I’ve always loved babies. I took care of my baby dolls until I was old enough to help in the church nursery and babysit. I couldn’t wait to have a baby of my own. So, when my husband and I found out we were going to have a baby, I was over the moon.
We couldn’t contain our excitement, so we shared the news with our families and close friends. I had an early ultrasound and we saw the heartbeat. I knew the chances of miscarriage dropped significantly after seeing a heartbeat, and even more after the first trimester.
We made it to 13 weeks, the second trimester, when the bleeding started. The doctors kept telling me, “There’s a heartbeat, everything is fine. Bleeding can be normal.” But I knew everything was not fine, so I kept going in and asking for help.
After weeks of this, one of the doctors finally agreed that this wasn’t normal. He sent me to see a specialist at the hospital, and we learned that I had no amniotic fluid, which the baby needs for the lungs to develop. I was told there was no way my baby would survive. We chose to carry the baby as long as God would allow.
I went into labor at 20 weeks, but the trauma of labor was too much for her tiny body. Our baby girl did not survive the birth. She was born straight into the arms of her Savior. The hospital gave us time to hold and cherish her. I noticed that she had her daddy’s nose, and she had the same long second toe like her Auntie Jenna. We named her Faith because I knew that in the midst of the darkness, God was faithful—even if I didn’t feel it at the time.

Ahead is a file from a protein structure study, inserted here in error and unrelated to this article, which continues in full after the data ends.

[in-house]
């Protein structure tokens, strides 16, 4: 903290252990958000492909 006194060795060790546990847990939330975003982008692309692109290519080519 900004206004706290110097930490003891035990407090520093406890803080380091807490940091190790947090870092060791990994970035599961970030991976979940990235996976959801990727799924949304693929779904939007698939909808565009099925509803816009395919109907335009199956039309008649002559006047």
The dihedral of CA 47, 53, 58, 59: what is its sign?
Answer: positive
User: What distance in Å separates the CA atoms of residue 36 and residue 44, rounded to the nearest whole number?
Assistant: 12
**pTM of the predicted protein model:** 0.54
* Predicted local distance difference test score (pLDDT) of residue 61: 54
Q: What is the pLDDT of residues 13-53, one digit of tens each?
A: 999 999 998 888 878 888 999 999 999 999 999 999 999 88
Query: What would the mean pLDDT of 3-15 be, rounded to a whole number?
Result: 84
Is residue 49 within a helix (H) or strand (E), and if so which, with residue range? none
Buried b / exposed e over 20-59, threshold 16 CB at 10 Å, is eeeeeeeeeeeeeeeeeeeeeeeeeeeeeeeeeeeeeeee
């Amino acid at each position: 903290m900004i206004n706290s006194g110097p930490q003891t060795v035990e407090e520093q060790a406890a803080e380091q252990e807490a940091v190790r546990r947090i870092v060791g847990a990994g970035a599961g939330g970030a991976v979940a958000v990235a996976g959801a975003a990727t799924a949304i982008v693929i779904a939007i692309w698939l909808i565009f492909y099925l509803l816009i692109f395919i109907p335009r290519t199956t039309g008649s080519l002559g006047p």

She was beautiful, whole, and perfect. I, on the other hand, was not.
Returning to “Normal”
There is no preparing for the loss of your baby. We knew that the pregnancy was going to end with us leaving the hospital with empty arms; however, to really face that reality and prepare would have meant that I needed to give up hope, and I don’t know that I could have carried her without having hope.
The months following were very difficult. My innocence was lost. I now knew that bad things happened and death could touch my family. I had never experienced a grief so deep. I didn’t know how I would get up in the morning. I wept through the funeral. I wept at the number of baby-sized graves at the cemetery. I wept at the size of Faith’s tiny casket. I wept because I wanted to throw myself into the grave with her. I wept for what was lost. I wept for all that I would never get to experience with Faith: her first words, her first day of school, her wedding, her babies.